SETTING THE PRICE
The price is the first thing buyers notice about your property. If you set your price too high, then the chance of alienating buyers is higher. You want your house to be taken seriously, and the asking price reflects how serious you are about selling your home.
Several factors will contribute to your final decision. First, you should compare your house to others that are in the market. If you use an agent, he/she will provide you with a CMA (Comparative Market Analysis). The CMA will reflect the following:
From the CMA, you will learn the difference between the asking price and selling price for all homes sold, the condition of the market, and other houses comparable to yours.
Also, try to find out what types of houses are selling and see if it applies to your area. Buyers follow trends, and these trends can help you set your price.
Always be realistic. Understand and set your price to reflect the current market situation.
Getting the highest price in the shortest amount of time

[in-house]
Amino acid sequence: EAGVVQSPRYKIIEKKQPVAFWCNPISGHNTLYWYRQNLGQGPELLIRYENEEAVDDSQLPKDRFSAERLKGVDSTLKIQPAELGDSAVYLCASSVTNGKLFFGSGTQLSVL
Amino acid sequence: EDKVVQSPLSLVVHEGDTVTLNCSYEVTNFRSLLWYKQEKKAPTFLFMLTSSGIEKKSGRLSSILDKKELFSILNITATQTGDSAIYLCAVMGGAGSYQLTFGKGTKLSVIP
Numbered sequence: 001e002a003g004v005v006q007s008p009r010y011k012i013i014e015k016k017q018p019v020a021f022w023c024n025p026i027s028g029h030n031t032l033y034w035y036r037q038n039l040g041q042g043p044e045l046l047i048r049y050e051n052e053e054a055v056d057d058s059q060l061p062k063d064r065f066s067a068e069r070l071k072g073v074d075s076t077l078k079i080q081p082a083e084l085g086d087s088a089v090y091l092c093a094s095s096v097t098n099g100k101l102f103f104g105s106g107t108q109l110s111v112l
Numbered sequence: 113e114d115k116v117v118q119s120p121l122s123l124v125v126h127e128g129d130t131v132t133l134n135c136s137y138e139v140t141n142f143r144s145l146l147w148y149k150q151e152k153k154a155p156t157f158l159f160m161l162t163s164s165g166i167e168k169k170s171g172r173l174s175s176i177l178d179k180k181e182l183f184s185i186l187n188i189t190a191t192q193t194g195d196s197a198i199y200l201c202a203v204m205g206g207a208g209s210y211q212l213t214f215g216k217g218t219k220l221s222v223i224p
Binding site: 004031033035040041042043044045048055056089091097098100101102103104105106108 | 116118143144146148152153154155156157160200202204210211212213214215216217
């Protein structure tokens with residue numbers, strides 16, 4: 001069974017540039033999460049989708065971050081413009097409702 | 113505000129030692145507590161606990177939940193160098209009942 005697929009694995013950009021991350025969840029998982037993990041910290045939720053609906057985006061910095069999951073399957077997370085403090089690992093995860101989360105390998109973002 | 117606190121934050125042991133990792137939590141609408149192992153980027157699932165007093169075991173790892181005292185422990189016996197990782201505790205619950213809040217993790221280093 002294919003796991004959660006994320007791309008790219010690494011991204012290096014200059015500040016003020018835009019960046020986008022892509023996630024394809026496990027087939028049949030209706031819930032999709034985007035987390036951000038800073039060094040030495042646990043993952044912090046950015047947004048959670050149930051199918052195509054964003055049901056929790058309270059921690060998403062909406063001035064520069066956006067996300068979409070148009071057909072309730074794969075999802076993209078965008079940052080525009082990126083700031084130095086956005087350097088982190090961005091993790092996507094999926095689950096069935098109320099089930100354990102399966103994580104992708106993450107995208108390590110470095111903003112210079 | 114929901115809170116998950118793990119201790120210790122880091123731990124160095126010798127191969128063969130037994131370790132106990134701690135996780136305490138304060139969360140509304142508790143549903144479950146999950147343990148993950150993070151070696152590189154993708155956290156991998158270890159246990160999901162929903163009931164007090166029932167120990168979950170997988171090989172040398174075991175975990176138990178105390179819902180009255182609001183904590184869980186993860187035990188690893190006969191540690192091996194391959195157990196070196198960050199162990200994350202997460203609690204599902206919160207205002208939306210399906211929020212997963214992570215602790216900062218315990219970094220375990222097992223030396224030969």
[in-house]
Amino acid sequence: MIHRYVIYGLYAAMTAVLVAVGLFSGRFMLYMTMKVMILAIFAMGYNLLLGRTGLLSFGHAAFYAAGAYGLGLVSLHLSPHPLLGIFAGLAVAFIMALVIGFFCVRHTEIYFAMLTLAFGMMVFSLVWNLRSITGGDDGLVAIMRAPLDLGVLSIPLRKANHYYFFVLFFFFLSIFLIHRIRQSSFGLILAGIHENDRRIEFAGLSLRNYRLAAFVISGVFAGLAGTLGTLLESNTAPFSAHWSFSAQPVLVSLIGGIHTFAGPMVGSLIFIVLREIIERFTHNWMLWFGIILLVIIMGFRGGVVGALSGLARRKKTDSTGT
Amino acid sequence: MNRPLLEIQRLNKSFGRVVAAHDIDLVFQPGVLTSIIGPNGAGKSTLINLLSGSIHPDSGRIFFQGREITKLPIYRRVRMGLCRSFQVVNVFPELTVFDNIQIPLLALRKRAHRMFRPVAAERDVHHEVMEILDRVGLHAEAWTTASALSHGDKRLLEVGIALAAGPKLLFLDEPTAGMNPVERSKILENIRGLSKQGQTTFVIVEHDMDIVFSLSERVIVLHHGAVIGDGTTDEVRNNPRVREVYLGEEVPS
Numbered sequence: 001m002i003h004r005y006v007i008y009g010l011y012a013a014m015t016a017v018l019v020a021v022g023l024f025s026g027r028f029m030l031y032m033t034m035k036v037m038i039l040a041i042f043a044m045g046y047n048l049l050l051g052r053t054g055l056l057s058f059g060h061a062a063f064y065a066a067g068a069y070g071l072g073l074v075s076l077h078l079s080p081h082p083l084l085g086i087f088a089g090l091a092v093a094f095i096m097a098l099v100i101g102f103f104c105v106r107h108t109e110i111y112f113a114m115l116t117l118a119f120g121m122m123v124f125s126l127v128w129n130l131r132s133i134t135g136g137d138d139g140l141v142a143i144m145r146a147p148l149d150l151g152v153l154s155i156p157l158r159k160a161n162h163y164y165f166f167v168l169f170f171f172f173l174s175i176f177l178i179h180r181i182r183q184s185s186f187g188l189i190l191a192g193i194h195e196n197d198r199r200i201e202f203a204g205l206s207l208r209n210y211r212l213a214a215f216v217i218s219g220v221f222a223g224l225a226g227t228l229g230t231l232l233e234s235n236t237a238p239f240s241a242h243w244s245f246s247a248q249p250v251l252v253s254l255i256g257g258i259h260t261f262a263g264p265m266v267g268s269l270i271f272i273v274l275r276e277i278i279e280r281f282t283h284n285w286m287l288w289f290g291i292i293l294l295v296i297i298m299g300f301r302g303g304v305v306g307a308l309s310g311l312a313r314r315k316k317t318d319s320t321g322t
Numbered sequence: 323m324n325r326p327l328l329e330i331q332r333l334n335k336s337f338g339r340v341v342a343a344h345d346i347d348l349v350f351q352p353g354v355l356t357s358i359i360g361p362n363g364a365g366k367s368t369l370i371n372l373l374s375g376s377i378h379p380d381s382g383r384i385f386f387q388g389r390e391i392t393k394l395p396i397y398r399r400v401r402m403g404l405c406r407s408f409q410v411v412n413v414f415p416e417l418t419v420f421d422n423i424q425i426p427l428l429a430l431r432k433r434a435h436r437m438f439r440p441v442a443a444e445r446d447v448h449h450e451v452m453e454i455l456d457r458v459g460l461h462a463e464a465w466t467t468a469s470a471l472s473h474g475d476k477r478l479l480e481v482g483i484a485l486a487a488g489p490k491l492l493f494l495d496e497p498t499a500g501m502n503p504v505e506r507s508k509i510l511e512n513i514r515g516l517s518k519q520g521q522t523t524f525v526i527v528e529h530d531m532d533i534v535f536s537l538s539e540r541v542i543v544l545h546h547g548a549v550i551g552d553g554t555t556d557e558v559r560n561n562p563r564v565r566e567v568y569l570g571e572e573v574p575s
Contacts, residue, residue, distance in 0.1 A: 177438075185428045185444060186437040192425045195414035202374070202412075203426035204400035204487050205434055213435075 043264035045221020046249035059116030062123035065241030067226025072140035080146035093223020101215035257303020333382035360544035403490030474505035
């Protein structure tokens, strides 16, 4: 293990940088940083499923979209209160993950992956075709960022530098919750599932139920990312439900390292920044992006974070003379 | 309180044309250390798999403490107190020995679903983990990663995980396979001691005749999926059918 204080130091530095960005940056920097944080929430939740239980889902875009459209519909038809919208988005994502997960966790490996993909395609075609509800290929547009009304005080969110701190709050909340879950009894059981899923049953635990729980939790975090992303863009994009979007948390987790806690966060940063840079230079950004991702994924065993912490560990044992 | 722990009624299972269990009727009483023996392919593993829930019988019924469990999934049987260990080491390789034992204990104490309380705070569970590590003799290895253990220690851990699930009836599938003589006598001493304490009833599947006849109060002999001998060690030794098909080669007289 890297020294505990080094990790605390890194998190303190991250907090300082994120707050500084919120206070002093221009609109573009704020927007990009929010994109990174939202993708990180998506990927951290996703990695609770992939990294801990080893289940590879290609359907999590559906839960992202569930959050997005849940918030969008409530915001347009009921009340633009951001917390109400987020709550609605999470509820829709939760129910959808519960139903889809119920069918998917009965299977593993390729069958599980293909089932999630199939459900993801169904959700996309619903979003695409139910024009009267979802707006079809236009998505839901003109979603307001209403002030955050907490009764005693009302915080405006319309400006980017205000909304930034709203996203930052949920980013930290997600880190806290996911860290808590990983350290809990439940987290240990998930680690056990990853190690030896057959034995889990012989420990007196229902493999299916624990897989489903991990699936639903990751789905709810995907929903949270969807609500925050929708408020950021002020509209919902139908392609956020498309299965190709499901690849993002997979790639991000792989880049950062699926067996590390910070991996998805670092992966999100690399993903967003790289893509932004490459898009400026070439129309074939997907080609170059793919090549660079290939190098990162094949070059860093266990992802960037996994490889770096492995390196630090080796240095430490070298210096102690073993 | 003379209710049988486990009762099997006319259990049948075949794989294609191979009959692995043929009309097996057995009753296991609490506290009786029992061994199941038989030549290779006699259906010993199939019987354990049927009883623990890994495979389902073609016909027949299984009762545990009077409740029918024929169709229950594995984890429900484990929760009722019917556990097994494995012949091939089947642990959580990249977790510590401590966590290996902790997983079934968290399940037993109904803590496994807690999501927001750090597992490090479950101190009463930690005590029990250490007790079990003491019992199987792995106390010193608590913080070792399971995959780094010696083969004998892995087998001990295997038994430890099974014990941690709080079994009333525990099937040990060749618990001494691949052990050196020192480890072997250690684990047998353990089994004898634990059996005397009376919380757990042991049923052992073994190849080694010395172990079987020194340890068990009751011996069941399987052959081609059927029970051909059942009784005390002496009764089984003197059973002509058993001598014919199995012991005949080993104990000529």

In order to get the highest price in the shortest time, you need to know how to market your home. The better you market your home, the more offers you will get. And the more offers you get, the more choices you have to get the price and terms you want.
The most important factor of marketing your home is pricing it right. Your price should be adjusted to reflect the market and your property’s worth. The key is to get as many people as possible checking out your fairly priced property. If your property is not priced fairly, there will be no buyers because your price is set too high.
Another important factor is the condition of your home. Make sure that your home looks ready to be sold. Fix any defects (peeling or faded paint, cracks, stains, etc.) Condition alone can sometimes prompt fast buying decisions. Not only should you fix any defects, but consider upgrading your home by making major repairs and cosmetic improvements before selling. A nice looking home triggers the emotional response that can lead to a financial response.
Learn how to negotiate the best terms for all parties involved. Terms are another factor that may be adjusted to attract buyers. If you insist on getting your asking price, think of what you can offer to the buyers. For example, improvements you’ve made or even offering seller financing at a lower than market interest rate on a portion of the sale price. Convince them why they should be paying the price you have set.